Collected translations of Maaya Sakamoto news, essays, interviews, and articles


Monthly Newtype, November 2008 cover
Monthly Newtype, November 2008 issue, p143

I Wish I Could Have It Once More

illustrated by Gekidan inu curry.2

I am all too familiar with being unable to ever eat again those foods I wish I could have once more someday.

I was 20. Some friends who knew my fondness for peaches once went all the way to Yamanashi to pick peaches with their own hands, and gave them to me as a gift, cutely wrapped in a round hat box. The sweetness and juicyness of those peaches had an excellence beyond anything I thought possible in this life. I had never until then, nor have I ever since then, come across a peach more tasty than those. In fact, since no peach I have had since then has surpassed them, I feel a lingering dissatisfaction, and I have ceased to eat peaches as much as I used to.

I was 23. I visited a tiny, isolated island in Scotland for the cover art shoot for my album “A Boy Named Alice”. In the center of Stonehenge, the midst of a flock of sheep, the middle of 360 degrees of open horizon…. It was an enjoyable three-day shoot. But the harshness of posing in thin outfits in a wind so bitterly cold it made my ears ring was brutal. Just when I thought I would freeze to death if I stayed outside a minute longer, we discovered a lodge on the corner of a pasture. Scrambling inside, we found it was a small restaurant run by an elderly couple. The simple, unadorned bean soup I had there was unbelievably delicious. As I drank it down, it filled me to the point that I could tell my soul was quivering in delight, and I felt it moment by moment transforming into energy. To put it this way may be excessive, but it was an unforgettable experience of knowing with absolute certainty that I am alive.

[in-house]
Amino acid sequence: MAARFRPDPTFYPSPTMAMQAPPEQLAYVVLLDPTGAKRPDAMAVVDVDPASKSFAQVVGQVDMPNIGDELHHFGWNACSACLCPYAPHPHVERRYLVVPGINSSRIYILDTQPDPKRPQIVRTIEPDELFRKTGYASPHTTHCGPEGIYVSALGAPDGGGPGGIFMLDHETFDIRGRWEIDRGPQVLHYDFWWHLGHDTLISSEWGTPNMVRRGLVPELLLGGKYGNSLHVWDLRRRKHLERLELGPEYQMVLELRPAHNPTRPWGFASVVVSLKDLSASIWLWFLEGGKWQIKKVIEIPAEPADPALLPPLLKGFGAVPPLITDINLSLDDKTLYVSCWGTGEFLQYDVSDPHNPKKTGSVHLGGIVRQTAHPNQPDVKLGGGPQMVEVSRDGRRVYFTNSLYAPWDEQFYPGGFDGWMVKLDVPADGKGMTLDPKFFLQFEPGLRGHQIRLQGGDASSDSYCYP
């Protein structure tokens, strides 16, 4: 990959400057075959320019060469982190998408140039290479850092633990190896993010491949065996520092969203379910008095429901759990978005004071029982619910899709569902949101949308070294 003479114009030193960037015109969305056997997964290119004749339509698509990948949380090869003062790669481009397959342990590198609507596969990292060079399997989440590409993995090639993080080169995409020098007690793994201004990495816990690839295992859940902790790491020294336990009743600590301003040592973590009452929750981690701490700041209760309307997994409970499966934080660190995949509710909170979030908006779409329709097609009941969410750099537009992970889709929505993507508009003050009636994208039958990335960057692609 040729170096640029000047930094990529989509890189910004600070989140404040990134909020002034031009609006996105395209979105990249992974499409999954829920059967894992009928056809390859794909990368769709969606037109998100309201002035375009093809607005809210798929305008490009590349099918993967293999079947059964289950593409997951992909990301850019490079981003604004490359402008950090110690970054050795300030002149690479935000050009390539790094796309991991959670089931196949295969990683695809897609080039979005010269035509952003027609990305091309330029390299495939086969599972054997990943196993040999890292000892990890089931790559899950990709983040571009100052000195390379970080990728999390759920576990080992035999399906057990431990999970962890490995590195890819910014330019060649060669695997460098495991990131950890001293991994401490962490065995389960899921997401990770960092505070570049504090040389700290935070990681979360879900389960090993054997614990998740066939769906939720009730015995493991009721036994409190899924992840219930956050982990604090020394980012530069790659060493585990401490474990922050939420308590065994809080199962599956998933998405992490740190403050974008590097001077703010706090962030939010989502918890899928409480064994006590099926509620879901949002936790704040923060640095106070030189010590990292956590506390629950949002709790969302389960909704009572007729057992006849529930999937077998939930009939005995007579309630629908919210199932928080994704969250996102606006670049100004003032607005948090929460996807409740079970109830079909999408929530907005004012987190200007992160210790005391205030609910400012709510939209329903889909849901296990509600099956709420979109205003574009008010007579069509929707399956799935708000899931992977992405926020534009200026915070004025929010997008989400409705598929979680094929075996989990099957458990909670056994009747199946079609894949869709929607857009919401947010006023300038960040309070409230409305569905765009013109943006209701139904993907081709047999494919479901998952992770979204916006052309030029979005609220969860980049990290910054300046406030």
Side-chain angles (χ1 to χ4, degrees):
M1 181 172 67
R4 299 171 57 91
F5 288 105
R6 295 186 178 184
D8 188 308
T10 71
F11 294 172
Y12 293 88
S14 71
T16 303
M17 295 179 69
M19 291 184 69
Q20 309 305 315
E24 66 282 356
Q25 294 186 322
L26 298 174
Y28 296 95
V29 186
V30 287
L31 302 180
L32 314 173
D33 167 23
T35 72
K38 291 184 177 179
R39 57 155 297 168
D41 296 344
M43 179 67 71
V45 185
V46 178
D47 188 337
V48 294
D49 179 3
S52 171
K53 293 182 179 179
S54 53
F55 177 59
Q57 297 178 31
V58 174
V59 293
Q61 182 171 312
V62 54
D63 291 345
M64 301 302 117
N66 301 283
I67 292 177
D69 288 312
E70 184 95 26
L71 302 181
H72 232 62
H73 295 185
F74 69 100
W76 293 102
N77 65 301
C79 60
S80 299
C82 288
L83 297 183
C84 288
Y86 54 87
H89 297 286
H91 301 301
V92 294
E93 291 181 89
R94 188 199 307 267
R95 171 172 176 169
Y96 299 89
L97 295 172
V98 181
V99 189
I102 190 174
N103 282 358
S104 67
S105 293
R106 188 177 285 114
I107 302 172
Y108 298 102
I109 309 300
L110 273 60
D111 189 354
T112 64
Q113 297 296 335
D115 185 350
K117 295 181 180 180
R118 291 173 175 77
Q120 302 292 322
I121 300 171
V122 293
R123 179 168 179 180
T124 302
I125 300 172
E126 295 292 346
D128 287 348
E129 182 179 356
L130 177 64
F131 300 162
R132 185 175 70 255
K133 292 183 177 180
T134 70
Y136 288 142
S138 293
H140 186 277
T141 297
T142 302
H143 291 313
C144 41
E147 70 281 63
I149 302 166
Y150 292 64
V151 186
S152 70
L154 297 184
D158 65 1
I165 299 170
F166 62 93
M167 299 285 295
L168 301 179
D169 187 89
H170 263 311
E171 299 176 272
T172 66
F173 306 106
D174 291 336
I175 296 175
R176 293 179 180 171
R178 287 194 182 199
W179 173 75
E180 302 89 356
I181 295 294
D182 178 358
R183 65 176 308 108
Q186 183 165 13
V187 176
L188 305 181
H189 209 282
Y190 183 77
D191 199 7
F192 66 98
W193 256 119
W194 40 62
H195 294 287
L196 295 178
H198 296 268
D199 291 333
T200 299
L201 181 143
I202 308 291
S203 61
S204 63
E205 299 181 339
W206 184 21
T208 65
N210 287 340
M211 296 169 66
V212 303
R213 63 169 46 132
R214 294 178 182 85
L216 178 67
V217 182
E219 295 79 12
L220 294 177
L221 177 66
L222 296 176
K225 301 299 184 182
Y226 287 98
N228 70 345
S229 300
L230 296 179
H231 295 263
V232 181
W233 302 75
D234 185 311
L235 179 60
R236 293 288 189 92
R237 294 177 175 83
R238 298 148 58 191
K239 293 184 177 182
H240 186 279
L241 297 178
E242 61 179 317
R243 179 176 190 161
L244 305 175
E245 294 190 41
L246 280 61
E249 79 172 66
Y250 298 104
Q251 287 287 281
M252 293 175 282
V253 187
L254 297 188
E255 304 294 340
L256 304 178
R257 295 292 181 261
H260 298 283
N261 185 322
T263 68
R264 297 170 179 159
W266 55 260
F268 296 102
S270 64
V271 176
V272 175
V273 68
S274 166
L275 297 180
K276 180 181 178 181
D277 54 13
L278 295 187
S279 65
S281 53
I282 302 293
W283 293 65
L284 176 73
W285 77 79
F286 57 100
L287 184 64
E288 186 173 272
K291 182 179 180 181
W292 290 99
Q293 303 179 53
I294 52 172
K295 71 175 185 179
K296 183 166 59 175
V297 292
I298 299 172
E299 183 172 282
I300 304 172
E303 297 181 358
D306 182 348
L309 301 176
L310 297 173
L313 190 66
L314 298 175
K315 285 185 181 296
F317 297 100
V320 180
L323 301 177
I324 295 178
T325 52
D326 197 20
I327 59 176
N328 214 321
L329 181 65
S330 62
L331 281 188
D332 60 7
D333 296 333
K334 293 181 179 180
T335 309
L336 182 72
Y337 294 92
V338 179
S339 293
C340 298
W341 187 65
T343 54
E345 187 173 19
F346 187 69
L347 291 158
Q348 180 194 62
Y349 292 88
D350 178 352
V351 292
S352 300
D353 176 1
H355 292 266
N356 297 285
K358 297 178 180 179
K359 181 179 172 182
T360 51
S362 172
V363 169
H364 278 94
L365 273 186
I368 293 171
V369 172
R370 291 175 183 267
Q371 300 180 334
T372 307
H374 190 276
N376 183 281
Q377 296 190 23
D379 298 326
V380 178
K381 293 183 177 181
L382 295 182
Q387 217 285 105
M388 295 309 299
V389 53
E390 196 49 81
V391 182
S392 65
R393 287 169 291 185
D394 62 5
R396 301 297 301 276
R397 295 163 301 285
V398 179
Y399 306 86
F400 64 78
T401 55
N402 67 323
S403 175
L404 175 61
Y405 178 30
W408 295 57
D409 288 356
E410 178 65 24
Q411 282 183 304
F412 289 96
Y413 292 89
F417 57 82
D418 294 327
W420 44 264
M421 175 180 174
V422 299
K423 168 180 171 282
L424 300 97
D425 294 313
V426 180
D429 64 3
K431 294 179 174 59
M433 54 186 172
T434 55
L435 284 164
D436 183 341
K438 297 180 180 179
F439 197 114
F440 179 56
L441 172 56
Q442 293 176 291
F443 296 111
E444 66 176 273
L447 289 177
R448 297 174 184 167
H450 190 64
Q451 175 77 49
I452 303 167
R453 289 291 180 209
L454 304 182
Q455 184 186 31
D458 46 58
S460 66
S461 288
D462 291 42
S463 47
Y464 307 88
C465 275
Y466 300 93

I was 12. I went with some neighborhood friends to the summer festival dressed in yukata, and upon returning home well after curfew, I received a stern lecture from my parents. While I hung my head in contemplation and regret, my mom brought me a warm bowl of corn soup. Thinking about it now, it may have been nothing more than instant soup. But back then, in that awkward atmosphere after getting scolded, my mom’s kindness reached me without her saying a word, and as I ate the steaming hot soup tears flowed from my eyes.

I wish I could have it once more….

To be honest, whether it’s the classy restaurants featured in magazine cover articles, full-course meals I could never pay for on my own, or famous delicacies from all over Japan, I have many opportunities in my line of work to enjoy wonderful food. But if you were to ask me about the most wonderful things I have ever eaten, the very first things that come to mind are these sorts of meals with special memories attached. Even now, if I close my eyes, I have a feeling I could clearly recall the flavor, aroma, and even emotions of those times. But as those times recede further and further into the past, I sense the memories fading little by little, and I am left with a sense of sadness.

A meal I eat with special people and special feelings is broken down in my stomach to become my blood and muscles, and from then on it stays within me forever. I know I will never again find the same flavor, and for that reason I make it my goal to treasure each moment of today in turn. Living in contentment depends not on what I eat, but how I eat. I couldn’t ask for more.